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  • Lawrence Bailey

City centre plans show a sense of purpose




When I write about the city centre regeneration in this column, its usually with a sense of mild frustration.


So, it’s great to comment on a solid milestone that's being reported to Swansea’s cabinet today. Specifically, I'm talking about a strategy to reshape what's on offer by exploiting around £1 billion in investment.

A renowned military strategist once observed that no plan survives contact with the enemy. You need only look at the way a pandemic has forced a massive rethink of how we live and work to draw the same conclusion.

That said, the practical thread that runs through the range of “repurposing” proposals is evidence that we're ahead of the curve for once. With several improvement schemes already in hand, I guess there's no better time to capitalise on achievement.

There’s admittedly a tricky bit of town planning involved which requires balancing key commercial factors with over-arching stuff like the Local Development Plan and the Swansea Central Area Regeneration Framework or “SCARF” – you’ve gotta love those acronyms.

Hopefully, the result will be a culture shift that enables market trends – as well as the planners – to create a viable mix of what works best in the right location.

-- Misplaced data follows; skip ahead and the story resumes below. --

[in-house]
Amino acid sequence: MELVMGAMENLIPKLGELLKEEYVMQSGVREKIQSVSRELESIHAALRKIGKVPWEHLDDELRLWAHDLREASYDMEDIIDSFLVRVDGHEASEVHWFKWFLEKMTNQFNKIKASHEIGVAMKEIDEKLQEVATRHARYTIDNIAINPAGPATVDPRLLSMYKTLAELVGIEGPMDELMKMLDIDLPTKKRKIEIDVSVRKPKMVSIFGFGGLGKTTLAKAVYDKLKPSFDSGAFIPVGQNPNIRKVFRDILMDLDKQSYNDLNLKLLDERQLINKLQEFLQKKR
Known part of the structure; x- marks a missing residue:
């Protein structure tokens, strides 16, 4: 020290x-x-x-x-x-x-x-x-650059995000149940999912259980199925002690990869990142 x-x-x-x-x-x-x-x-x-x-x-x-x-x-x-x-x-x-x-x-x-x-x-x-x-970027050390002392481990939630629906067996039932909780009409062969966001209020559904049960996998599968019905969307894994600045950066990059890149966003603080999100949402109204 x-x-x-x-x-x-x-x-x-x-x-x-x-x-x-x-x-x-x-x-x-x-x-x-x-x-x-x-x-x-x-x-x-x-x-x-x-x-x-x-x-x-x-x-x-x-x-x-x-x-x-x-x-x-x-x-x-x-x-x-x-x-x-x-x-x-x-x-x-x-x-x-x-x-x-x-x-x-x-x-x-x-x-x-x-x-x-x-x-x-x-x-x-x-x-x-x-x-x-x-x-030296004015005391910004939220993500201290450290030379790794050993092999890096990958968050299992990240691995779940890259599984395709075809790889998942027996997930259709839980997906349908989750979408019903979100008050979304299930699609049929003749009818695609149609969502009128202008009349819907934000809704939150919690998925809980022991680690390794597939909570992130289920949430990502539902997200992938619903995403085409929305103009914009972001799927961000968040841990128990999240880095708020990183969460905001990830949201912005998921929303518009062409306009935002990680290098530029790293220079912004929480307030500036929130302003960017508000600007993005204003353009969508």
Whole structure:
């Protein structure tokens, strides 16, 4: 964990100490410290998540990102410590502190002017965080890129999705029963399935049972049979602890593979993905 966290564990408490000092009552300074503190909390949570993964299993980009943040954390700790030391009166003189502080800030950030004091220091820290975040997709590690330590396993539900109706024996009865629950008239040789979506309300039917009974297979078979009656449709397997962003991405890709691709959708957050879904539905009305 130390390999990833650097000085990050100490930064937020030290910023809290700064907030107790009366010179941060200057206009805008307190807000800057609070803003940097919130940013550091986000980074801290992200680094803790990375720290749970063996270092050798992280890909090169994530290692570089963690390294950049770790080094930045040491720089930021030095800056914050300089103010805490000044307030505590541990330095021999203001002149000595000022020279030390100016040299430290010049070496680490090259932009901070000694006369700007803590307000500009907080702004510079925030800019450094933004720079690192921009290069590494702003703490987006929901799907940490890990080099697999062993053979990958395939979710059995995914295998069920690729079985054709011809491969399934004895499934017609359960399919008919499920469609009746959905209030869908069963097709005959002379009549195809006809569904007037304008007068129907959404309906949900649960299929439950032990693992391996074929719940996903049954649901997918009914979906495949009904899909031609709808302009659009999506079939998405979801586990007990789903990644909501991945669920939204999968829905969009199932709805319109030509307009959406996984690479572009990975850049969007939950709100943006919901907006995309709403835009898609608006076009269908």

Getting a good blend between events-led tourism and a broad cultural offer is already one of Swansea’s strengths. Linking venues through a series of existing and proposed multi-functional spaces makes sense.

Love it or hate it, no-one can argue that Kingsway isn’t a lot greener. Repeating that treatment elsewhere has to be a good move for the environment as well as the economy.

But the bump in the road is still going to be accessibility. Visitors may want to walk in traffic-free surroundings, but they’ll also want to get here by car and park as nearby as possible. The arena project came up with an imaginative solution. It can be done again.

It may be the nerd in me that’s gets a buzz from seeing a report with a focus on nuts-and-bolts aspects of regeneration but there’s no doubt that things are happening.

I get it that some people are unhappy with the pace – especially the detractors – but whatever your view, the city is seeing the result of a leadership style that has stuck to its guns over what’s needed and how to go about delivering it.

Put another way, a city with a sense of purpose is definitely going places.



Are we all together now? Not really

I’ve seen it written somewhere how facing up to a global contagion has the potential to bring us all together. Hmm.

I’ll admit that I witnessed one or two small acts of consideration last year and which raised my flagging spirits. However, my general experience in 2021 is that we're quickly gone back to our divisive ways.

One of these was when someone I once genuinely respected posted on social media that people who refuse to be vaccinated and subsequently contract COVID should be “forced to die at home”.

Another instance was when I was accosted by a stranger in the street who thought it was acceptable to shout at me that I didn’t need to wear a (expletive) mask outdoors.

It took me a few shocked seconds to realise that I’d forgotten to remove it after just leaving a shop. By then though he had moved on and was having a go at someone else.

I have no idea what purpose those people thought they were achieving or who’s freedom they’re defending. I just know they don’t act or speak for me.

If saying that makes me divisive too, then I don’t really care.

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